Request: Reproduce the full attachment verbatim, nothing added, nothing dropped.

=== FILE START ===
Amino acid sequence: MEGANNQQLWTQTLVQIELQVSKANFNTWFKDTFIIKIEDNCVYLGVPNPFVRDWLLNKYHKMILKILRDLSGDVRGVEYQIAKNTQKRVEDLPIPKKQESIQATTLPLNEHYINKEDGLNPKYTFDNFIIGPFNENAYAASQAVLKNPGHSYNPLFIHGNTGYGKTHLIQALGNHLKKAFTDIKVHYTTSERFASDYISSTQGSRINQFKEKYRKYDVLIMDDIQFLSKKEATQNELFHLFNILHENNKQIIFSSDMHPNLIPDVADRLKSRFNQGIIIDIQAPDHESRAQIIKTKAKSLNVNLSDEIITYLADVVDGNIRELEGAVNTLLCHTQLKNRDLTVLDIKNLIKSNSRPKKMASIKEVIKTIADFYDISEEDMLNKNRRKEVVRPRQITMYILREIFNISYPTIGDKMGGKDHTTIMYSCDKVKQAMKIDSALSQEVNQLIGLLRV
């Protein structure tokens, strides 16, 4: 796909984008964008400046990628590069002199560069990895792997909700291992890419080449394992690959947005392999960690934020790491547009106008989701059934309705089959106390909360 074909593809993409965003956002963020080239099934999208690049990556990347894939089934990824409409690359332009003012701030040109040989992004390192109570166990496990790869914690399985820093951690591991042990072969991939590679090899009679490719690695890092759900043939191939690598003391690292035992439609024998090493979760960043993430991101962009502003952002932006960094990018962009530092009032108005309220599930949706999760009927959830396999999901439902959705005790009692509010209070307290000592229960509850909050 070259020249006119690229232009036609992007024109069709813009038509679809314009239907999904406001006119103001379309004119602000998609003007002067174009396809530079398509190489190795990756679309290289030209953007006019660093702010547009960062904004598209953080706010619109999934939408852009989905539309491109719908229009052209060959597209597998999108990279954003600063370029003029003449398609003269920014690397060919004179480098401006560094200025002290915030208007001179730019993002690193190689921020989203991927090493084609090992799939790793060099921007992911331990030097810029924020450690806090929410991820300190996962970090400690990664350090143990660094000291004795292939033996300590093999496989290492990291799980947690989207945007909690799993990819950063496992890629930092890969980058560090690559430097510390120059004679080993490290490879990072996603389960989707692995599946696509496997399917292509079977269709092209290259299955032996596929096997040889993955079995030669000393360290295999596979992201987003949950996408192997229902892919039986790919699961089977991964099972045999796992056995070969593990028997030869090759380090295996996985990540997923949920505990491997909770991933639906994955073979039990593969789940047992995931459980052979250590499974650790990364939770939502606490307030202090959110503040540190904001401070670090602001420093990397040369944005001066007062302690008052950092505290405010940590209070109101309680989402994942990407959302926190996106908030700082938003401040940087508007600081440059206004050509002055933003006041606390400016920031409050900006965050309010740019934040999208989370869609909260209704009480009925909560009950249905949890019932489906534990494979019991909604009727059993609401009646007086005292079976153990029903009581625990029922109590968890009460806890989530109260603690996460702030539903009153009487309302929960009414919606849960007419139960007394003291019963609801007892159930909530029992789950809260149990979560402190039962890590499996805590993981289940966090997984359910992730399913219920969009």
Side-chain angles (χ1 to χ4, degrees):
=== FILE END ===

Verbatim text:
Amino acid sequence: MEGANNQQLWTQTLVQIELQVSKANFNTWFKDTFIIKIEDNCVYLGVPNPFVRDWLLNKYHKMILKILRDLSGDVRGVEYQIAKNTQKRVEDLPIPKKQESIQATTLPLNEHYINKEDGLNPKYTFDNFIIGPFNENAYAASQAVLKNPGHSYNPLFIHGNTGYGKTHLIQALGNHLKKAFTDIKVHYTTSERFASDYISSTQGSRINQFKEKYRKYDVLIMDDIQFLSKKEATQNELFHLFNILHENNKQIIFSSDMHPNLIPDVADRLKSRFNQGIIIDIQAPDHESRAQIIKTKAKSLNVNLSDEIITYLADVVDGNIRELEGAVNTLLCHTQLKNRDLTVLDIKNLIKSNSRPKKMASIKEVIKTIADFYDISEEDMLNKNRRKEVVRPRQITMYILREIFNISYPTIGDKMGGKDHTTIMYSCDKVKQAMKIDSALSQEVNQLIGLLRV
């Protein structure tokens, strides 16, 4: 796909984008964008400046990628590069002199560069990895792997909700291992890419080449394992690959947005392999960690934020790491547009106008989701059934309705089959106390909360 074909593809993409965003956002963020080239099934999208690049990556990347894939089934990824409409690359332009003012701030040109040989992004390192109570166990496990790869914690399985820093951690591991042990072969991939590679090899009679490719690695890092759900043939191939690598003391690292035992439609024998090493979760960043993430991101962009502003952002932006960094990018962009530092009032108005309220599930949706999760009927959830396999999901439902959705005790009692509010209070307290000592229960509850909050 070259020249006119690229232009036609992007024109069709813009038509679809314009239907999904406001006119103001379309004119602000998609003007002067174009396809530079398509190489190795990756679309290289030209953007006019660093702010547009960062904004598209953080706010619109999934939408852009989905539309491109719908229009052209060959597209597998999108990279954003600063370029003029003449398609003269920014690397060919004179480098401006560094200025002290915030208007001179730019993002690193190689921020989203991927090493084609090992799939790793060099921007992911331990030097810029924020450690806090929410991820300190996962970090400690990664350090143990660094000291004795292939033996300590093999496989290492990291799980947690989207945007909690799993990819950063496992890629930092890969980058560090690559430097510390120059004679080993490290490879990072996603389960989707692995599946696509496997399917292509079977269709092209290259299955032996596929096997040889993955079995030669000393360290295999596979992201987003949950996408192997229902892919039986790919699961089977991964099972045999796992056995070969593990028997030869090759380090295996996985990540997923949920505990491997909770991933639906994955073979039990593969789940047992995931459980052979250590499974650790990364939770939502606490307030202090959110503040540190904001401070670090602001420093990397040369944005001066007062302690008052950092505290405010940590209070109101309680989402994942990407959302926190996106908030700082938003401040940087508007600081440059206004050509002055933003006041606390400016920031409050900006965050309010740019934040999208989370869609909260209704009480009925909560009950249905949890019932489906534990494979019991909604009727059993609401009646007086005292079976153990029903009581625990029922109590968890009460806890989530109260603690996460702030539903009153009487309302929960009414919606849960007419139960007394003291019963609801007892159930909530029992789950809260149990979560402190039962890590499996805590993981289940966090997984359910992730399913219920969009």
Side-chain angles (χ1 to χ4, degrees):